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New developments by Kastus in commercialisation of its innovation

Irish company has created ground-breaking technology to prevent spread of superbugs

Kastus, an Irish company responsible for the creation of a ground-breaking technology to prevent the spread of superbugs, has announced the closure of a €3 million venture funding round, and significant new developments in the commercialisation of its innovation.

"We should have the funding in place next month, and it will enable us to hire a significant number of new people to work with us on the scaling of the company and the technology," says chief executive John Browne.

"Scaling is really about people. We are hiring a mix of technical, sales, marketing, development and back-office staff. We already have a very good R&D team, and we are expanding our sales and marketing team at the moment and have just appointed Alan Crean as vice-president sales and marketing to lead that."

Crean will play a key role in realising the company’s growth ambitions in the coming years, according to Browne. “It’s a very exciting time for us. Alan has very deep experience in scaling life sciences businesses, and he will help us realise our lofty ambition of achieving a €100 million valuation for the company within the next three years.”


The Kastus product is an antimicrobial spray coating which can be applied to glass and ceramics during or after manufacture or added to plastics and paint. It can be used to protect a range of high-touch everyday surfaces – including ceramic and glass tiles, smartphones, glass, door handles and metals – from harmful bacteria and micro-organisms such as MRSA and e-coli.

The coating has a proven 99.99 per cent kill rate against harmful bacteria, fungi and antibiotic-resistant superbugs, which makes it particularly useful for products such as ceramic tiles and glass which will be used in hospital or other settings where hygiene is at a premium

It is also the first product of its kind that can be factory applied on everyday hard surfaces using no toxic bi-products. Previous antimicrobial solutions needed UV light or biocide chemical leaching to be activated, but Kastus’s products are activated by indoor light and environmental moisture.

Growth paths

The 2017 Irish Times Innovation Awards Winner has identified a number of growth paths. "Our whole commercial focus is international," says Browne. "We are not looking for any sales on the domestic market. Our whole focus in on original equipment manufacturers in Europe, the Middle East and the US. We are targeting the international glass and ceramics industries in the first instance, and will grow from there. Our technology adds value to their products – it gives them anti-microbial properties, makes them easier to clean, and makes them longer lasting."

The company also recently announced a collaboration with Amber, the Science Foundation Ireland (SFI)-funded materials science centre at Trinity College Dublin, which will involve specialised research work on the further development of antimicrobial coatings. The €280,000 research programme will see two academic experts in science and engineering join Kastus from Amber under the SFI Industry Fellowship Programme.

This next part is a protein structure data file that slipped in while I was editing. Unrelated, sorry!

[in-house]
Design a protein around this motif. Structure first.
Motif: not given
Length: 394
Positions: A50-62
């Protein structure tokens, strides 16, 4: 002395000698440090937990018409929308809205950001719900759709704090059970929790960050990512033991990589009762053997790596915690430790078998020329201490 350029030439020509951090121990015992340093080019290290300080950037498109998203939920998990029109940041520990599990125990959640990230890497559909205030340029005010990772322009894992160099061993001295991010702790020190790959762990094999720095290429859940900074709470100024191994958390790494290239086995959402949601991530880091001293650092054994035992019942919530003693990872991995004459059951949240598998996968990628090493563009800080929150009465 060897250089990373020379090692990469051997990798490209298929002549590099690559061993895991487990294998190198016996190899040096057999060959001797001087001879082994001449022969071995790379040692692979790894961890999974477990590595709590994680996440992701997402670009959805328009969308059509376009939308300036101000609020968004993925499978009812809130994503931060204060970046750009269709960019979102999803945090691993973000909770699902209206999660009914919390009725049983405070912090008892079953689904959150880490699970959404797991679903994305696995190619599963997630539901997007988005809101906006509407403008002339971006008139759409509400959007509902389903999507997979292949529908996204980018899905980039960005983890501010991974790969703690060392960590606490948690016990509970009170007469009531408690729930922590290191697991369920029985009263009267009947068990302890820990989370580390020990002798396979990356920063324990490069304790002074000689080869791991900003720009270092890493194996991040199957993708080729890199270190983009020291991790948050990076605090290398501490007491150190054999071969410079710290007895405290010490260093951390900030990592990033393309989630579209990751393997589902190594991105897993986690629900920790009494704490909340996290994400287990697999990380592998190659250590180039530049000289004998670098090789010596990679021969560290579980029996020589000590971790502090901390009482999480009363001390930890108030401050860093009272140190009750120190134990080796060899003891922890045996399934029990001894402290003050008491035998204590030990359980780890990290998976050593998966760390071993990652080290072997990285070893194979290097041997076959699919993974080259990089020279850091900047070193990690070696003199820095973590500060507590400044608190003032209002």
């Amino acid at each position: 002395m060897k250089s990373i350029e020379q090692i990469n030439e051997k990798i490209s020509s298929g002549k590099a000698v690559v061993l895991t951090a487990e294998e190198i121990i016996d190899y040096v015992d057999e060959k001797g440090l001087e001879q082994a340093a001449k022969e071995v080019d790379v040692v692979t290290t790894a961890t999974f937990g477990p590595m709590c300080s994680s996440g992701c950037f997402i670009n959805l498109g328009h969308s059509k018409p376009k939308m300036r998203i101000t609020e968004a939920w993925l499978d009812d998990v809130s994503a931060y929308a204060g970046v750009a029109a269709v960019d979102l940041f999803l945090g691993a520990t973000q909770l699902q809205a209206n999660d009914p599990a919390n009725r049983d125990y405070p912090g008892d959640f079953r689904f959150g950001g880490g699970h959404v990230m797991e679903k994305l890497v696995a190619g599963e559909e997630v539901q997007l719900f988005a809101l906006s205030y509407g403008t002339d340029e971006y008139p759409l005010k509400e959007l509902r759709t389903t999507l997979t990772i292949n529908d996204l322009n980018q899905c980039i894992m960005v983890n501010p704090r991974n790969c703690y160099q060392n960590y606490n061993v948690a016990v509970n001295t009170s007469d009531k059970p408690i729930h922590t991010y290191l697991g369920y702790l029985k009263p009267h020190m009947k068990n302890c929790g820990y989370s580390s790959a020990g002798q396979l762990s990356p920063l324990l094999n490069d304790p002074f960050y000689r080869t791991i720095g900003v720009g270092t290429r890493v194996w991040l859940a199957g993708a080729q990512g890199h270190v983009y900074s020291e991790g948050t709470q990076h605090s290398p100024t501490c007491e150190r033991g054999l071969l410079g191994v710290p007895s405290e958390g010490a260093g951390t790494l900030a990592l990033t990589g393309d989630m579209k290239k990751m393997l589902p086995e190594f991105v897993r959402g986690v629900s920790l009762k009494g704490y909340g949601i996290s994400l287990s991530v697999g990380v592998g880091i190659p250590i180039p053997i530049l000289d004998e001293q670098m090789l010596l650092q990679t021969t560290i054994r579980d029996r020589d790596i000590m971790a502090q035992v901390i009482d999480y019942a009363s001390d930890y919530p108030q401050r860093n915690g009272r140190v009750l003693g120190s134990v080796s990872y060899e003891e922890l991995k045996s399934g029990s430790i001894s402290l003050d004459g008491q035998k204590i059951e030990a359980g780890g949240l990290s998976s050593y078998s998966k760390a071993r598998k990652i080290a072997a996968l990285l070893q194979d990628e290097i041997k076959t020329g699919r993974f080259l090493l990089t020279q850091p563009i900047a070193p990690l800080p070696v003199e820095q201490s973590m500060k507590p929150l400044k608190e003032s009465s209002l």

The collaboration has the potential to significantly impact how MRSA and other superbugs are controlled and prevented in hospital and community settings, according to Amber director Prof Michael Morris.

"This is an exciting move for Kastus, and demonstrates the links that we are continuing to forge with academia," adds Kastus's director of innovation and operations Dr James Kennedy. "We are already working with Crest [Centre for Research in Engineering Surface Technology] at the Dublin Institute of Technology, and believe that collaboration between academic research and industry is key to major breakthroughs in technology."


Browne believes those collaborations offer a potentially rich seam of new technologies for the company to commercialise.

“We are starting to cast our net out to the third-level institutions to see if they have complementary technologies to ours which we can help bring to market. There are a lot of technologies and bright ideas in the third-level institutions which tend to stay in the lab because the people involved are not commercial animals.

“We know from experience that it’s a long, hard and expensive road to commercialise a technology, and we want to collaborate with them on this. We have already identified two technologies that we are working on.”

In terms of the core product, he says the intention is to become more selective in the sales effort.

“When you’re a start-up you can be a bit like an excited labrador chasing leaves around the garden. We have to guard against that, and refine our sales process to become a bit more choosy. We want to work with people who understand and appreciate the commercial advantages and the value-add that our product offers.”